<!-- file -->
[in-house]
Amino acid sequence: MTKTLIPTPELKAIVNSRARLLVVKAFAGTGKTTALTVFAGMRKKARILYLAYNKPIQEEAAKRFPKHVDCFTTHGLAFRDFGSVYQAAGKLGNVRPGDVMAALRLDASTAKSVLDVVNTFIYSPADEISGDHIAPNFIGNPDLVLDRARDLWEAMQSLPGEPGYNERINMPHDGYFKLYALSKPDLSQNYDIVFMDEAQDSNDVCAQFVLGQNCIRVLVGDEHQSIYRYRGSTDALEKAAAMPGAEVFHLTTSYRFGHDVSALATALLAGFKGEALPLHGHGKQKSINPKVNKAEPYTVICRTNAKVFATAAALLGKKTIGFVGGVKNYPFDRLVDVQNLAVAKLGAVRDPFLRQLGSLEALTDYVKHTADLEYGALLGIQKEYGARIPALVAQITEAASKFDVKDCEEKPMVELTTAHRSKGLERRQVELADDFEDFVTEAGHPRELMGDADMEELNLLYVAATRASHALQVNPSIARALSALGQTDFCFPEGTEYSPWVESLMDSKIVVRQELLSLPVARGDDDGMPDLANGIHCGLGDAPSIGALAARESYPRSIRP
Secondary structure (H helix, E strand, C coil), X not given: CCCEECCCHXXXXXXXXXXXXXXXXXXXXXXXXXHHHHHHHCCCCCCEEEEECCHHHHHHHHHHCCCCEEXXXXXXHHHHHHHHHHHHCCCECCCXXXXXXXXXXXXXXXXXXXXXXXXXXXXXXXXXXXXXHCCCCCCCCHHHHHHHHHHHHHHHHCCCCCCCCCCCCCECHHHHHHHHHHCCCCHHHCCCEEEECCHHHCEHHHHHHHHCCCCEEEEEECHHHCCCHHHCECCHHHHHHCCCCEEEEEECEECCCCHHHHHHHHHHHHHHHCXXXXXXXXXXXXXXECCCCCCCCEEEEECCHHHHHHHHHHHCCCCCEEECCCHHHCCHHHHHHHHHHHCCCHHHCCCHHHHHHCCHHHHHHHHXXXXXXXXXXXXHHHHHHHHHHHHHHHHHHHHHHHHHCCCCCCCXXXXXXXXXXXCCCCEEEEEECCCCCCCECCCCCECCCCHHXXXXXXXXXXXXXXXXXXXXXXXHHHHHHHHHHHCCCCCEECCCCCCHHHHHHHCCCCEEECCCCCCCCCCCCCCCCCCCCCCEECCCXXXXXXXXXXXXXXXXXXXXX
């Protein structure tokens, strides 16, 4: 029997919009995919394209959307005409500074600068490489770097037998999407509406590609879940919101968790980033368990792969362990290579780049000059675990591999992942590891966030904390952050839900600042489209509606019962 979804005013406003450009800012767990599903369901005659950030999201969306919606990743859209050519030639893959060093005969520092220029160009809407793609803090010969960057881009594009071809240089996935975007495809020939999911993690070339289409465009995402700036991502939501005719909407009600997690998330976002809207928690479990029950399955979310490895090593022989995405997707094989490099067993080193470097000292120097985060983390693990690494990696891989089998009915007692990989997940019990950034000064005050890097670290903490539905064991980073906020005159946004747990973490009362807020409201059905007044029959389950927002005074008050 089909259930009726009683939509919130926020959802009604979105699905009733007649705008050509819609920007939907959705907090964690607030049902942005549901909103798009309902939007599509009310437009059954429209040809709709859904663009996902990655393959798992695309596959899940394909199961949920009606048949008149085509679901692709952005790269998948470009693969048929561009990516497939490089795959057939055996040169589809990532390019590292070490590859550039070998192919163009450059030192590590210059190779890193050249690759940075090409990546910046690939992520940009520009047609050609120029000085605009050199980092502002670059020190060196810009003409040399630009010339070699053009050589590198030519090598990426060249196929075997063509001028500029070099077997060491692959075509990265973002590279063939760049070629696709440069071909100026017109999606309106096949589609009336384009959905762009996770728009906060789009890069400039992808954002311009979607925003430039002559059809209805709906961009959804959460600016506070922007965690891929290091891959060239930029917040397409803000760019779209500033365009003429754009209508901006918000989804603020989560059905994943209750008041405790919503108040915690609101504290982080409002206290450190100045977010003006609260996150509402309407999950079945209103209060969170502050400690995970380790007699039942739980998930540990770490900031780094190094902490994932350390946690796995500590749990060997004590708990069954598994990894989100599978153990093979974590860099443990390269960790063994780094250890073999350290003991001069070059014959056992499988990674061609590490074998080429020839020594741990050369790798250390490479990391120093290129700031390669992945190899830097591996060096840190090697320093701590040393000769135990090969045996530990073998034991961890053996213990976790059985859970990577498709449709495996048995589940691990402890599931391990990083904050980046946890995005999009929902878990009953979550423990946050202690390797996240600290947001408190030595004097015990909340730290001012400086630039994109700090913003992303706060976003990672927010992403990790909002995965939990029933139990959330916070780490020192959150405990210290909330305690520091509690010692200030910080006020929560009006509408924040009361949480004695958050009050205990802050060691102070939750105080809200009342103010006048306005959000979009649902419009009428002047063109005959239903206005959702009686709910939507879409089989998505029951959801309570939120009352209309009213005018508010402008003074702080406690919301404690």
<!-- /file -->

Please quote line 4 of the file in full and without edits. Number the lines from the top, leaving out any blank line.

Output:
């Protein structure tokens, strides 16, 4: 029997919009995919394209959307005409500074600068490489770097037998999407509406590609879940919101968790980033368990792969362990290579780049000059675990591999992942590891966030904390952050839900600042489209509606019962 979804005013406003450009800012767990599903369901005659950030999201969306919606990743859209050519030639893959060093005969520092220029160009809407793609803090010969960057881009594009071809240089996935975007495809020939999911993690070339289409465009995402700036991502939501005719909407009600997690998330976002809207928690479990029950399955979310490895090593022989995405997707094989490099067993080193470097000292120097985060983390693990690494990696891989089998009915007692990989997940019990950034000064005050890097670290903490539905064991980073906020005159946004747990973490009362807020409201059905007044029959389950927002005074008050 089909259930009726009683939509919130926020959802009604979105699905009733007649705008050509819609920007939907959705907090964690607030049902942005549901909103798009309902939007599509009310437009059954429209040809709709859904663009996902990655393959798992695309596959899940394909199961949920009606048949008149085509679901692709952005790269998948470009693969048929561009990516497939490089795959057939055996040169589809990532390019590292070490590859550039070998192919163009450059030192590590210059190779890193050249690759940075090409990546910046690939992520940009520009047609050609120029000085605009050199980092502002670059020190060196810009003409040399630009010339070699053009050589590198030519090598990426060249196929075997063509001028500029070099077997060491692959075509990265973002590279063939760049070629696709440069071909100026017109999606309106096949589609009336384009959905762009996770728009906060789009890069400039992808954002311009979607925003430039002559059809209805709906961009959804959460600016506070922007965690891929290091891959060239930029917040397409803000760019779209500033365009003429754009209508901006918000989804603020989560059905994943209750008041405790919503108040915690609101504290982080409002206290450190100045977010003006609260996150509402309407999950079945209103209060969170502050400690995970380790007699039942739980998930540990770490900031780094190094902490994932350390946690796995500590749990060997004590708990069954598994990894989100599978153990093979974590860099443990390269960790063994780094250890073999350290003991001069070059014959056992499988990674061609590490074998080429020839020594741990050369790798250390490479990391120093290129700031390669992945190899830097591996060096840190090697320093701590040393000769135990090969045996530990073998034991961890053996213990976790059985859970990577498709449709495996048995589940691990402890599931391990990083904050980046946890995005999009929902878990009953979550423990946050202690390797996240600290947001408190030595004097015990909340730290001012400086630039994109700090913003992303706060976003990672927010992403990790909002995965939990029933139990959330916070780490020192959150405990210290909330305690520091509690010692200030910080006020929560009006509408924040009361949480004695958050009050205990802050060691102070939750105080809200009342103010006048306005959000979009649902419009009428002047063109005959239903206005959702009686709910939507879409089989998505029951959801309570939120009352209309009213005018508010402008003074702080406690919301404690």